As Trump tariffs loom, US wine lovers battle tech giants

AFP . Washington | Update:

In this file photo taken on 13 April, 2013, importers and supporters offerssamples of French cheese Mimolette to pedestrians during an event to support the import in the US of the 17th century-old cheese, after the US Food and Drug Administration (FDA) blocked the cheese to enter the territory in New York. Photo: AFPAmerican importers of French cheese, bubbly and porcelain are raising their voices in Washington, hoping against hope they can outweigh Silicon Valley giants in a battle over tariffs on luxury items from France.

President Donald Trump last month threatened to punish Paris for a new tax on tech giants like Netflix and Amazon, unveiling sky-high retaliatory duties on about $2.4 billion in French wines, makeup and leather handbags.

US trade officials on Tuesday are due to hold a public hearing to allow individuals and companies to comment on the punitive measure.

But already complaints have poured in from mom-and-pop outlets across the United States warning of layoffs, lost business and damage to innocent bystanders.

The new US import duties are designed to pinch some of France's most emblematic and politically sensitive industries -- adding to the pain already hitting the country from $7.5 billion in tariffs Trump slapped on European Union exports in October in a clash over subsidies to aircraft maker Airbus.

Jobs at stake 
The latest battle pits the interests of globe-spanning American tech behemoths against local retailers and middlemen who eke out small margins supplying bars, restaurants, shops and department stores.

"The tariff will effectively shut down the access Americans have to European wines (and many other artisanal products) and as a result, tens of thousands, if not hundreds of thousands of people will lose their jobs," California wine merchants Kermit Lynch and F. Dixon Brooke said last month in a letter to US Trade Representative Robert Lighthizer.

Washington has urged other countries not to follow the example France set in July when it unilaterally announced a tax on the gross revenues of large tech companies. The actual profits of such companies are frequently not disclosed on a country-by-country basis, frustrating local governments.

The US instead urged countries to wait for a negotiated multilateral solution.

But Canada in December became the latest country to say it was considering such a measure.

Pounding the table 
Silicon Valley's powerful lobbyists have attacked the French tax, pouncing on public statements from finance minister Bruno Le Maire in particular to argue that US industry is unfairly being singled out.

The Computer & Communications Industry Association (CCIA), whose members include Facebook, Amazon and Google-parent Alphabet, said in August it "does not take a position on whether the use of tariffs is appropriate" in the case of France's digital services tax.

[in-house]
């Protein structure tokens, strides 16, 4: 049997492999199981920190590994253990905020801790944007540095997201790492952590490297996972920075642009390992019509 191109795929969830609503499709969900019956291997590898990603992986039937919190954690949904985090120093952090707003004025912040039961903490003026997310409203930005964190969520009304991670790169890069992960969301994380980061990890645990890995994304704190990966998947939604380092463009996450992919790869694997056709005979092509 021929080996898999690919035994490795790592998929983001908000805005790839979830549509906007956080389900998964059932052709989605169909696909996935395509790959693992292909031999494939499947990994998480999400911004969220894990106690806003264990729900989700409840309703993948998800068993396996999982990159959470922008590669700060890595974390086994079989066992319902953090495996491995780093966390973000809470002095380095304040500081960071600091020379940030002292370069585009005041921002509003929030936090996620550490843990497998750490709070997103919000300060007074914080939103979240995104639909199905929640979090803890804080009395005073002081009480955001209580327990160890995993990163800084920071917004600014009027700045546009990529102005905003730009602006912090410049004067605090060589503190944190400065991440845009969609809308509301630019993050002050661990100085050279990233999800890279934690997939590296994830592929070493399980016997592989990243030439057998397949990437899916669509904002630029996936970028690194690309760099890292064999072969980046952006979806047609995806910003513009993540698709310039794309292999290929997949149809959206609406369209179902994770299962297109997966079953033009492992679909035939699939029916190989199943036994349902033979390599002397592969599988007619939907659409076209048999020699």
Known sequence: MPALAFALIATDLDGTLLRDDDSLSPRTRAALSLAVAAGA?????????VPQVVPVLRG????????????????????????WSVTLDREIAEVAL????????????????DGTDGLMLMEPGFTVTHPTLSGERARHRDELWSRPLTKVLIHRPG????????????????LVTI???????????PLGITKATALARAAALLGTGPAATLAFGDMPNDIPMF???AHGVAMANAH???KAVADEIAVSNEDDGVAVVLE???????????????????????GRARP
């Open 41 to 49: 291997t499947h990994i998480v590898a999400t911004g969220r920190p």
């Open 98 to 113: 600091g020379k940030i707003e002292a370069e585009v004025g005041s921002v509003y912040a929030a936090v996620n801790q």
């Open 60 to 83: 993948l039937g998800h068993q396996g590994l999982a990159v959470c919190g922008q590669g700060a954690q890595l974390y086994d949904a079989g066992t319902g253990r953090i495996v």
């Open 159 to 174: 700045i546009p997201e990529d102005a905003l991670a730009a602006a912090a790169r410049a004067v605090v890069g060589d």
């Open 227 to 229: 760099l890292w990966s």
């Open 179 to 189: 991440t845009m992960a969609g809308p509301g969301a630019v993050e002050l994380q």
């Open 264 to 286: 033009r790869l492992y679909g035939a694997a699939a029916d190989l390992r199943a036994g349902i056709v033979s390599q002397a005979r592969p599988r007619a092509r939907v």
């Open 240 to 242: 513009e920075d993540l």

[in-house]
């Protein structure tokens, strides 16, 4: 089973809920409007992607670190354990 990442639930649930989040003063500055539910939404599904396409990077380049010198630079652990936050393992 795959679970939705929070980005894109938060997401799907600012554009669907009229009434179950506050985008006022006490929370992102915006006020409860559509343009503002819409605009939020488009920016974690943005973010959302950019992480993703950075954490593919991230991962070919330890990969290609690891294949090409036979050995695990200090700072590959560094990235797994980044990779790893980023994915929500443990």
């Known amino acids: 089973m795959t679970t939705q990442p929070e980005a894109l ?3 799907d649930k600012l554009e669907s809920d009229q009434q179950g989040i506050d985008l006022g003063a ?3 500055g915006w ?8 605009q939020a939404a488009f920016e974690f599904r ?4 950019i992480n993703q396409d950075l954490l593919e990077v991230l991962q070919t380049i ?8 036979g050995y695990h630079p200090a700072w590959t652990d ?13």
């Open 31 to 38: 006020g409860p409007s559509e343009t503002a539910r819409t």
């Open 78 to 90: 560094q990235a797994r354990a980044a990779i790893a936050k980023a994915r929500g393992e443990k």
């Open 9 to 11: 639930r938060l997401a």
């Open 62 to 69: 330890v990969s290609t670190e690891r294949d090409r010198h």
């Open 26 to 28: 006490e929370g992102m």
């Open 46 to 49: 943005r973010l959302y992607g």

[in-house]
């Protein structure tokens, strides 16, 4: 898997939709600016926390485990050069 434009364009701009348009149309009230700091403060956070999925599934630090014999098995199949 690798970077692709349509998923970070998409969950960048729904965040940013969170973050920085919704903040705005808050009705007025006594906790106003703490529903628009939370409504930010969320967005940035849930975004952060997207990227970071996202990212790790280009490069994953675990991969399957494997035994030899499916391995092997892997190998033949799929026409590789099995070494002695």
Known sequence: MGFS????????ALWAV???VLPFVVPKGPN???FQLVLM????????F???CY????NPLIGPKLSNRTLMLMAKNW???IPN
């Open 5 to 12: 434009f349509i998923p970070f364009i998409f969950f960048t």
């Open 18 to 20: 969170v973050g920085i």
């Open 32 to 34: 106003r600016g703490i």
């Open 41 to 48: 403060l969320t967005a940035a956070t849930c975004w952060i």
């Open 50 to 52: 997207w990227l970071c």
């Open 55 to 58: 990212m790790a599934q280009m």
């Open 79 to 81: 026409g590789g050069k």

But "it appears that there are limited options left to address this dispute in a timely manner," the organization said.

The French tax imposes a three percent levy on the revenues -- often from online advertising and other services -- earned by technology firms within the country's borders.

In August, France agreed to refund any taxes collected in excess of the yet-to-be-decided international formula.

But as proposals for digital services taxation gain popularity around the world, Washington has been left to pound the table ever harder.

US treasury secretary Steven Mnuchin early last month warned of a "proliferation of unilateral measures" and urged "all countries to suspend digital services tax initiatives," allowing the Organization for Economic Cooperation and Development (OECD) to complete a study on an international tax on the digital giants.

An imbalance of power 
Public outcry has so far failed to persuade the White House to reverse course once Trump -- whose family operates a winery in Virginia -- has announced tariffs.

The imbalance of power in the latest episode was clear: CCIA, for example, which does not include Microsoft or Apple, claims its members employ a million workers and generate $540 billion in revenue a year.

A group of US importers and distillers, however, said in August that retaliatory US liquor and wine tariffs in the Airbus dispute threaten between 11,000 and 80,000 US jobs.

Others commenting on the matter told the US trade representative's office that the new tariffs would deprive them of one of life's fleeting joys.

"Please do NOT impose tariffs on European wines," a man named Gerald Ansel wrote in a comment he submitted on New Year's Eve.

"I can no longer work due to a disability and my income has drastically decreased. Please don't take away one of the few things that still provide me with a little pleasure."

   
Editor & publisher: Matiur Rahman.
Pragati Insurance Bhaban, 20-21, Karwan Bazar, Dhaka - 1215
Phone: 8180078-81, Fax: 9130496, E-mail: info@prothomalo.com
 
UP